:mutation_rate => float # value 0..1 defining the change of mutation


This OOGA is configurable via the hash passed to it on create. Keys of this hash are as follows:

config = {
  :gene_length => integer, # number of genes in a genome
  :gene_type => :symbol, # sets how genes are initialized (:binary, :decimal, :integer, :ones, :zeros)
  :population_size => integer, # size of population
  :generations => integer, # number of GA loops to perform
  :cross_over_rate => float, # 0..1 defining probabilistic genetic cross over.
  :mutation_rate => float, # 0..1 defines probability of a genome being mutated
  :mutate_type => symbol, # name of method to be used for mutation e.g (:bit_flip, :decimal_shift, :integer_shift)
  :shift_strength => integer/float, #required if mutate_type is *_shift.  Sets the strength of the mutation.
  :fitness_function => symbol # name of method to be used as fitness function eg, :max_ones

Those keys which take symbols are used to set which methods are used for certain actions. If a new methods is added to the Mutator, Recombination or Fitness then it is called by being set in the config.

Population Monitor

This class is used to track the populations evolution and keep the code for tracking seperate from the main GA code. This basiclly just keeps a copy of the population at each step of GA run time. After the GA has run this class can be asked to respond with information about the populations evolution, including mean fitness over time, the best individual and other things.

The population monitor was made to be a not vital part of the system. In other words evolution does not depend on it. However if at the end of the GA execution you want more than just the final population then this is a required component. After the GA has run the population monitor has to make the results which is done by calling make on it.

ga.population_monitor # returns the PopulationMonitor class without calculating data
ga.examine # returns the PopulationMonitor class calling make on it.  Note this will return a large volume of data.

In order to not impinge on GA run time all calculations of results are done post evolution by calling make on the PopulatioMonitor. The make function generates data and then returns self (the PopulationMonitor) thus enabling functions to be called inline with make.

ga.results # output to term info about best solution
ga.examine.results # return raw results data.  NOTE this is a large volume of data + takes TIME to put to screen # return the best Individual found
ga.examine.mean_fitness # return populations mean fitness over generations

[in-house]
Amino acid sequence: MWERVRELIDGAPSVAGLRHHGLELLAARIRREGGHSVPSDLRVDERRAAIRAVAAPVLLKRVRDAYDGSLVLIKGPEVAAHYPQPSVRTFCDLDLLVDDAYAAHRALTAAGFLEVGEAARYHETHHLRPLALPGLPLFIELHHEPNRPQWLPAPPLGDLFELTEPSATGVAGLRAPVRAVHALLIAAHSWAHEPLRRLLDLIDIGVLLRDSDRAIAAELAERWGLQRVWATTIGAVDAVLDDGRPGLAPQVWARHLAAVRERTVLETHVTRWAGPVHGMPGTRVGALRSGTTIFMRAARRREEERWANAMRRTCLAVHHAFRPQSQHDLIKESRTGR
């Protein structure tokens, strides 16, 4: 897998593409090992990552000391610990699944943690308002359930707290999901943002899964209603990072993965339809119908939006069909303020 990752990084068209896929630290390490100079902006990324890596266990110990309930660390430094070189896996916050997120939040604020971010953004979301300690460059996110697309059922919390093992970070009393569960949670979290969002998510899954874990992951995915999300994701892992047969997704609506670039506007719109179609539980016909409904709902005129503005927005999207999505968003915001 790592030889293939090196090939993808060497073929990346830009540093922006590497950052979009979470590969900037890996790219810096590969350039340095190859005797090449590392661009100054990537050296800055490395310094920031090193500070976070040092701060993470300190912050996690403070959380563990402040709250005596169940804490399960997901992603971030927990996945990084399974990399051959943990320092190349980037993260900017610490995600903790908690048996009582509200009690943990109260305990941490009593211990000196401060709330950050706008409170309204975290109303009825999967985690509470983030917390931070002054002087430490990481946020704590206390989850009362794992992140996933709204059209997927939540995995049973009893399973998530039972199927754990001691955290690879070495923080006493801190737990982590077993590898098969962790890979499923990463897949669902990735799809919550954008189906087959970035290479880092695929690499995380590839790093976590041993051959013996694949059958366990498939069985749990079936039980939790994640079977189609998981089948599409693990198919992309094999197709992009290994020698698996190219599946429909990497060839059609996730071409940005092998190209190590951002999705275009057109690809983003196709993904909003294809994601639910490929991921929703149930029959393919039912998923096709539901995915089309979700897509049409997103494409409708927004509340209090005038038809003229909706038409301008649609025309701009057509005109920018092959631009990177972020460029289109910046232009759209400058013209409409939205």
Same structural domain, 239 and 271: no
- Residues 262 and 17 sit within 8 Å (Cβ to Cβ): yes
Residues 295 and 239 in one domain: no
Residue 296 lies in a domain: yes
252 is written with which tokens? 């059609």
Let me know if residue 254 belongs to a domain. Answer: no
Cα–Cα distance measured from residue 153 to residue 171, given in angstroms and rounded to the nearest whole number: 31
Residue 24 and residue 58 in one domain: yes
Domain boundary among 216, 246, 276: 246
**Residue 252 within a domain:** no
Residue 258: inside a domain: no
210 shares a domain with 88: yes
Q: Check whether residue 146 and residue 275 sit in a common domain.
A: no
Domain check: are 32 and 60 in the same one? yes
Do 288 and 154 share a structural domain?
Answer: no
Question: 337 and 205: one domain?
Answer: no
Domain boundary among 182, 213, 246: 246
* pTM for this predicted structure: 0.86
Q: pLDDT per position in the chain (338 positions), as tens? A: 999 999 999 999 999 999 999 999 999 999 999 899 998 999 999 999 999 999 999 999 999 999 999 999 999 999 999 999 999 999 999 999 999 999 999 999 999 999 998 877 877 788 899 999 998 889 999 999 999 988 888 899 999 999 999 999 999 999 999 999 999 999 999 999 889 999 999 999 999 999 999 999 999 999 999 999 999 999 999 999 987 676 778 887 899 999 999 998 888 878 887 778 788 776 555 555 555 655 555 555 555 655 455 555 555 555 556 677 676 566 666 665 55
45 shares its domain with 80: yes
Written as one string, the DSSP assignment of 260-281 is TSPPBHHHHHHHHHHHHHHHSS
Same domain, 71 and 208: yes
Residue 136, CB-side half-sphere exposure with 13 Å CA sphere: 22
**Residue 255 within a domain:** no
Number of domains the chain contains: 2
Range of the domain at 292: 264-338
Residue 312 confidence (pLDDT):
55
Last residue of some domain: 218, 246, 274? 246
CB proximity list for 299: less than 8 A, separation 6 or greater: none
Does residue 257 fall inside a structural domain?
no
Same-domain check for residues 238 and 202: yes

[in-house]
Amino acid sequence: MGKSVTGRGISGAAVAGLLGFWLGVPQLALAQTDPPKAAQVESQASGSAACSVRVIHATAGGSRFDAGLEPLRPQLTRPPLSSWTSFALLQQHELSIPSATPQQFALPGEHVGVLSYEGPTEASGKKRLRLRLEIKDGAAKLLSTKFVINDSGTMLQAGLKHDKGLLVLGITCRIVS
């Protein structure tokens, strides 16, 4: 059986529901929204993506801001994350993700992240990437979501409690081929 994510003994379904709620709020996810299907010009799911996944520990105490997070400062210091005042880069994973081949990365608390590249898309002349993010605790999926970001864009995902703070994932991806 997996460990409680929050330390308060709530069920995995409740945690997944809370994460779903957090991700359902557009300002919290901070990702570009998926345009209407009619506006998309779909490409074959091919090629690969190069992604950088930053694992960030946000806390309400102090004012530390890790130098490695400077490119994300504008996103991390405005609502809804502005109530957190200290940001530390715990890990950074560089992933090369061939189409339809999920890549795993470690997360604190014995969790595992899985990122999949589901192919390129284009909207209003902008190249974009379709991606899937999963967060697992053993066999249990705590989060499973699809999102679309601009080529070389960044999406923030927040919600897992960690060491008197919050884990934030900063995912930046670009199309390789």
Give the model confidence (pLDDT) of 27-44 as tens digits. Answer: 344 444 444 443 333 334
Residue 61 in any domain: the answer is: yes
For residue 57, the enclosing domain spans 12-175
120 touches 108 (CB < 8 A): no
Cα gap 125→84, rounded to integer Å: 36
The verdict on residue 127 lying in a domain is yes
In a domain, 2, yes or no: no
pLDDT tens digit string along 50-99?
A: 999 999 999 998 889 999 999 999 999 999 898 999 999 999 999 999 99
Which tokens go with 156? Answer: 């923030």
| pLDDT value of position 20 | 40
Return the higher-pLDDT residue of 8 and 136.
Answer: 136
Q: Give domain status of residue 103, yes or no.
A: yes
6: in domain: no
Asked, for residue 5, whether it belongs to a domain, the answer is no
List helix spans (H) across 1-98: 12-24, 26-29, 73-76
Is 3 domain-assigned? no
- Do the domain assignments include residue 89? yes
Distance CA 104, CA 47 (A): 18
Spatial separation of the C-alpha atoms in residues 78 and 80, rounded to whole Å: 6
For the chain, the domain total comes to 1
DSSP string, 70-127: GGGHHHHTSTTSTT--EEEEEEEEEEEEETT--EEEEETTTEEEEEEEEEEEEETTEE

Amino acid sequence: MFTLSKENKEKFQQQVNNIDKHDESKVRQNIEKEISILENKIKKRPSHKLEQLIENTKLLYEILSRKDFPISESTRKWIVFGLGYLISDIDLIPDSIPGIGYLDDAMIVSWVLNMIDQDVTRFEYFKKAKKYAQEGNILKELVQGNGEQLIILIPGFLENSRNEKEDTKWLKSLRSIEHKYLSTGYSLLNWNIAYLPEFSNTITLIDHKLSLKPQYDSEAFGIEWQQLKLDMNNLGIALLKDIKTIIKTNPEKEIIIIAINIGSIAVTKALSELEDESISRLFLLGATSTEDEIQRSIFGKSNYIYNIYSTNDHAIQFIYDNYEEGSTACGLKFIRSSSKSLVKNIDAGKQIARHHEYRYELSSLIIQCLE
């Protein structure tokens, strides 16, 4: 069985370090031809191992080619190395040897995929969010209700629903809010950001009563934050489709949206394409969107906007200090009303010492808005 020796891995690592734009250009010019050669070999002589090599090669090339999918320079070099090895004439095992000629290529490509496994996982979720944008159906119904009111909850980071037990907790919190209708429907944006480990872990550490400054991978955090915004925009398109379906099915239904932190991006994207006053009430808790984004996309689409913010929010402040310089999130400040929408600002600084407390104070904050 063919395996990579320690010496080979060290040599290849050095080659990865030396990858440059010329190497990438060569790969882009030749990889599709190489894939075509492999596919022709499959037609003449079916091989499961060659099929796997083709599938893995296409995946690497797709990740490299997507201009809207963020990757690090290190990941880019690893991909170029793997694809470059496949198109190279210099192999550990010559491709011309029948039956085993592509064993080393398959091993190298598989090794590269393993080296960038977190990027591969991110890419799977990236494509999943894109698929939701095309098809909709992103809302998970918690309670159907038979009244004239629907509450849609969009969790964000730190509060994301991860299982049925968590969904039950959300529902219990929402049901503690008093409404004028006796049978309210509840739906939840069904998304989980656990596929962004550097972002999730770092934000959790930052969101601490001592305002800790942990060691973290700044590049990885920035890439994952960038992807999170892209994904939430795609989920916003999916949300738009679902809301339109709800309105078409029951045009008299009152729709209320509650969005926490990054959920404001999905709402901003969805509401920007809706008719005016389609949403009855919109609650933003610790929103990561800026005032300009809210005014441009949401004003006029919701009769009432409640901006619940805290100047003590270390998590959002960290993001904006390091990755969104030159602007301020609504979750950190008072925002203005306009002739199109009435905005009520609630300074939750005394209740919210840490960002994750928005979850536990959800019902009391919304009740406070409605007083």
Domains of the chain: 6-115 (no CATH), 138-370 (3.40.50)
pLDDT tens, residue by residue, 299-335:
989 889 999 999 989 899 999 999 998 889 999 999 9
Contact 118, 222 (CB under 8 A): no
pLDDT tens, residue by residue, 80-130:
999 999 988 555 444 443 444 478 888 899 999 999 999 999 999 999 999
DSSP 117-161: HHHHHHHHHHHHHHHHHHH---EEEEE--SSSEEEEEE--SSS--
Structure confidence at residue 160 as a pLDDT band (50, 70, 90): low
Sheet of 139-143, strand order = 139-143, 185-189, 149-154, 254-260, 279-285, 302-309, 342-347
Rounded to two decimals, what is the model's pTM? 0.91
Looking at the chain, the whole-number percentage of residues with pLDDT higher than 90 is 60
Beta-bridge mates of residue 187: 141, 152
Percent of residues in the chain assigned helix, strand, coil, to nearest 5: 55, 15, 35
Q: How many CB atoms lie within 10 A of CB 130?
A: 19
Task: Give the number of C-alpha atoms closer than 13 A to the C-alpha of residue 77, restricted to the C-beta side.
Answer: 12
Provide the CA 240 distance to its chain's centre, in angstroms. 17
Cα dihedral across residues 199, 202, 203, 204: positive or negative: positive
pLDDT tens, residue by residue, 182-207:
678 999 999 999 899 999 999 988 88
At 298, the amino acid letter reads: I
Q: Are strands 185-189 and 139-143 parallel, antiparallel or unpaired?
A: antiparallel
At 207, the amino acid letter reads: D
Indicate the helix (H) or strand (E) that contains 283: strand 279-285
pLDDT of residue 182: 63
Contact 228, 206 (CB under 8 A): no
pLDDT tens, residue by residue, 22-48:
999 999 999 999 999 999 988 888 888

Familiy Tree Maker

I have also written a basic family tree generator which of a given individual will find their parents and their parents' parents… for 5 generations deep. Its a bit buggy, in other words it will throw and exception now and again when the data runs out. Will sort at some point. It works of the premise that Individuals know who their parents are. When a new Individual is formed from recombination the parents are stored. As such the family tree maker can be passed one Individual and from it calculate their linage. Out out is to terminal (one with v small font size for it too look ok) but i shall probably make it out put in Why's Shoes.

Extending OOGA's functionality

To add for example a new method for mutation simply add the code into the Mutator module and change the values in the config accordingly

config[:mutate_type] = 'name_of_mutation_method'
Adding more fitness functions

I wanted to have a GA where all I really have to think about is the fitness function as this is the most crucial part of the algorithm and often the most tricky. In fact good fitness function design was described my an AI lecturer as being somewhat of a black art. The general idea is to encourage (score highly) desirable evolutionary steps whilst discouraging undesirable steps, but being too draconian about these encouragements may prove counter productive.

The nature of evolution is a little BDD in that it tends to go for the simplest thing which works, or is lazy. E.g when evolving a Neural Net to guide a robot around objects, and selecting for those that move the most and select against those with high collisions the result will most likely be robots that move in small circles.